PORTLAND, Maine, May 5 USDA's database of antioxidantvalues for various foods, places blueberry juice at the top of the list amongmore than a dozen juices tested including pomegranate, apple, prune, cranberryand Concord grape. Using the Oxygen Radical Absorption Capacity (ORAC)testing procedure, the gold standard of antioxidant measures for detecting thefree-radical scavenging ability of foods, blueberry juice had the highest ORACscore of 2,906 umol TE/100g. The ORAC database was prepared by the USDA'sAgricultural Research Service and is available athttp://www.ars.usda.gov/SP2UserFiles/Place/12354500/Data/ORAC/ORAC07.pdf.
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"A serving of 100% fruit juice is a healthy way to get one of your dailyfruit servings," said Susan Davis, MS, RD, nutrition advisor to the WildBlueberry Association of North America. "A glass of juice can be arefreshing, nutritious energy boost, but moderation of how much juice youdrink is key. Control calories by making juice part of an overall healthydiet that includes many fruits and vegetables and balances carbohydrates,fats, protein, and fiber."
The USDA Dietary Guidelines for Americans recommends anywhere from 2 1/2to 6 1/2 cups or 5 to 13 servings a day of colorful fruit and vegetablesdepending on age, gender and activity level. According to Davis, a 4-ounceglass of 100% fruit juice equals 1/2 cup of fruit and counts toward dailyfruit serving goals. "Try fresh, frozen, canned, juice or dried, because allforms count when you're trying to add more fruits and vegetables into yourdiet. Make sure you get a colorful variety of fruits and vegetables, and whenit comes to blue, eat at least 1/2 cup of Wild Blueberries or drink 4 ouncesof Wild Blueberry juice every day," said Davis.
The ORAC assay has become the most referenced source of antioxidant valuesfor food. Manufacturers of a wide range of food products highlight ORACvalues of their products on labels and web sites to provide information andguidance to their customers on the sometimes confusing information emerging ondietary antioxidants.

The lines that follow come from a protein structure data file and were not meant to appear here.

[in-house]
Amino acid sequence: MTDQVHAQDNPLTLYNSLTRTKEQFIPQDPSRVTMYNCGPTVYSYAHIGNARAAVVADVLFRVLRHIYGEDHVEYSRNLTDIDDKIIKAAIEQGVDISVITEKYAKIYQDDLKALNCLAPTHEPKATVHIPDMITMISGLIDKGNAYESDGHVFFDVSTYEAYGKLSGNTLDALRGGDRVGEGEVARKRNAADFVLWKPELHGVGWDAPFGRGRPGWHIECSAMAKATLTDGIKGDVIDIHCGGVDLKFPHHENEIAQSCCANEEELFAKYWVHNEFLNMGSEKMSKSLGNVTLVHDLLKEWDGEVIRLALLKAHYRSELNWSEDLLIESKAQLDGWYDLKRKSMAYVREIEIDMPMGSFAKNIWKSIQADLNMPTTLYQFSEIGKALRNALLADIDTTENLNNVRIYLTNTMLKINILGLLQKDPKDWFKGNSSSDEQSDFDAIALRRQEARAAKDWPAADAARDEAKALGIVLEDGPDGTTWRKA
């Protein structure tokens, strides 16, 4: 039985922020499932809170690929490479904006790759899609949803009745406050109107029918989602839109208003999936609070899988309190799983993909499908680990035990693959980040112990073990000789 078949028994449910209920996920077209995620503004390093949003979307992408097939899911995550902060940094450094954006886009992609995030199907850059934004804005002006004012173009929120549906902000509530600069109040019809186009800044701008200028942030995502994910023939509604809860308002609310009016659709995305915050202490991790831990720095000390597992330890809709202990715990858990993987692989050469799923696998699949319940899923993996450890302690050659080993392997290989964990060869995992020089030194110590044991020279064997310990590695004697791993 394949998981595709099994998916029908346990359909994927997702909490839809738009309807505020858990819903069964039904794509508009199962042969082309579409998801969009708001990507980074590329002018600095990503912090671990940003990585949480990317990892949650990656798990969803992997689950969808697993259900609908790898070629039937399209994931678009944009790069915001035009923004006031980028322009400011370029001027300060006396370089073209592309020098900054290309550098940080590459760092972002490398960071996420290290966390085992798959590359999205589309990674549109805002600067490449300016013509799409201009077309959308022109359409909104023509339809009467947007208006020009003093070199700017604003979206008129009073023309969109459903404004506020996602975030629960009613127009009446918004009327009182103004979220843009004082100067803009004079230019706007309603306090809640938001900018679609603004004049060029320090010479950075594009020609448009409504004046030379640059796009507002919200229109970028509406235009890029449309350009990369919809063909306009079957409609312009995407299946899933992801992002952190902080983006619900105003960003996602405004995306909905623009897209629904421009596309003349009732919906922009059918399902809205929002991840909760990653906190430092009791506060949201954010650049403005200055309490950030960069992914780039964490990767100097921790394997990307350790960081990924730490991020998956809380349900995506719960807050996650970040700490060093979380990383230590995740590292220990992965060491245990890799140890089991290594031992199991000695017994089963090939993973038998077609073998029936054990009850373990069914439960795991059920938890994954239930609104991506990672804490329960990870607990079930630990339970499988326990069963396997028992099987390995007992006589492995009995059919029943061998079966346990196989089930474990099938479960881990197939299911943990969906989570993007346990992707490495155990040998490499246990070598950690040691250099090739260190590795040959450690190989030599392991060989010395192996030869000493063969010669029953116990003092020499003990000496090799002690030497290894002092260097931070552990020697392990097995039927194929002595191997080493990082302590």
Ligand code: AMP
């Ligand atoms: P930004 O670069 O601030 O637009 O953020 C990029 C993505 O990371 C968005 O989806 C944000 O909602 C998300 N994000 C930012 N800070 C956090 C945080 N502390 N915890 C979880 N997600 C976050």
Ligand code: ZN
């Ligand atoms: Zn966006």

While the recent USDA data collection didn't specifically list ORACresults for Wild Blueberries or Wild Blueberry juice, versus just blueberry,previous USDA tests have shown Wild Blueberries outperform more than 20 otherfruits in the ORAC test. A landmark study previously conducted by the USDAshowed that a one-cup serving of Wild Blueberries had more antioxidantcapacity than a serving of cranberries, strawberries, raspberries, apples andeven cultivated blueberries. (Journal of Agricultural and Food Chemistry,52:4026-4037, 2004.) Wild Blueberries are concentrated sources of protectivenatural compounds that have antioxidant and anti-inflammatory effects.
Wild Blueberry Association of North America
The Wild Blueberry Association of North America is a trade association ofgrowers and processors of Wild Blueberries from Maine, dedicated to bringingthe Wild Blueberry health story and unique Wild Advantages to consumers andthe trade worldwide. To learn more about Wild Blueberries visitwildblueberries.com
SOURCE Wild Blueberry Association of North America